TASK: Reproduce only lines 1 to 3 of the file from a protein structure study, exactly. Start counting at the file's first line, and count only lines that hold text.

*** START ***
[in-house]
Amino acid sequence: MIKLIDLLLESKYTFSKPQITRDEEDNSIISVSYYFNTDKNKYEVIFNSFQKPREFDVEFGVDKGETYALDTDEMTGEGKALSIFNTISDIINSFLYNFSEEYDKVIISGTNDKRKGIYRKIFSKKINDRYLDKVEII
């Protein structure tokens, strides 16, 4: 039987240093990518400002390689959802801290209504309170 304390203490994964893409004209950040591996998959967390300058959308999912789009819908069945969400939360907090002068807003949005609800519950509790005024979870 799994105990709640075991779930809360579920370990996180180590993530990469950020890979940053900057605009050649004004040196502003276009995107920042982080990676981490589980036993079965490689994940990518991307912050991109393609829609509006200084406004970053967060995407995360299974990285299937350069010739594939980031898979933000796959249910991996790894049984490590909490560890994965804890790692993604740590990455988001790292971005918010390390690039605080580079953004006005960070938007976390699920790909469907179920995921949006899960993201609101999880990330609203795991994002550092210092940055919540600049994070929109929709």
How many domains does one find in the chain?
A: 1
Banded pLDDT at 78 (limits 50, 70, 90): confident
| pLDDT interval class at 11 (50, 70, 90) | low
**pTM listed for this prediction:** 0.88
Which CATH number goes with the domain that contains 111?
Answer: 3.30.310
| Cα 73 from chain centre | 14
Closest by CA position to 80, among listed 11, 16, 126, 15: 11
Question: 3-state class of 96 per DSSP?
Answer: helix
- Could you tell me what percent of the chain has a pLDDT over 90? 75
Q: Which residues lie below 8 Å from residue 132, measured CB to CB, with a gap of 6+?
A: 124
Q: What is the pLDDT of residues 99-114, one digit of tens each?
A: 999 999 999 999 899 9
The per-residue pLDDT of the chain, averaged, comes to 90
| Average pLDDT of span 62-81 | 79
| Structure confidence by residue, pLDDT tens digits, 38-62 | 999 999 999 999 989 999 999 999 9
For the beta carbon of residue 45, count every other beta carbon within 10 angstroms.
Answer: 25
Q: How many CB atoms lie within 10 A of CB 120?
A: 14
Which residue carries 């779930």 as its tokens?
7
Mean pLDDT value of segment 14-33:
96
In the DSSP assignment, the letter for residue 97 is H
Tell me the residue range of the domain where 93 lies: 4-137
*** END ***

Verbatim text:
[in-house]
Amino acid sequence: MIKLIDLLLESKYTFSKPQITRDEEDNSIISVSYYFNTDKNKYEVIFNSFQKPREFDVEFGVDKGETYALDTDEMTGEGKALSIFNTISDIINSFLYNFSEEYDKVIISGTNDKRKGIYRKIFSKKINDRYLDKVEII
């Protein structure tokens, strides 16, 4: 039987240093990518400002390689959802801290209504309170 304390203490994964893409004209950040591996998959967390300058959308999912789009819908069945969400939360907090002068807003949005609800519950509790005024979870 799994105990709640075991779930809360579920370990996180180590993530990469950020890979940053900057605009050649004004040196502003276009995107920042982080990676981490589980036993079965490689994940990518991307912050991109393609829609509006200084406004970053967060995407995360299974990285299937350069010739594939980031898979933000796959249910991996790894049984490590909490560890994965804890790692993604740590990455988001790292971005918010390390690039605080580079953004006005960070938007976390699920790909469907179920995921949006899960993201609101999880990330609203795991994002550092210092940055919540600049994070929109929709």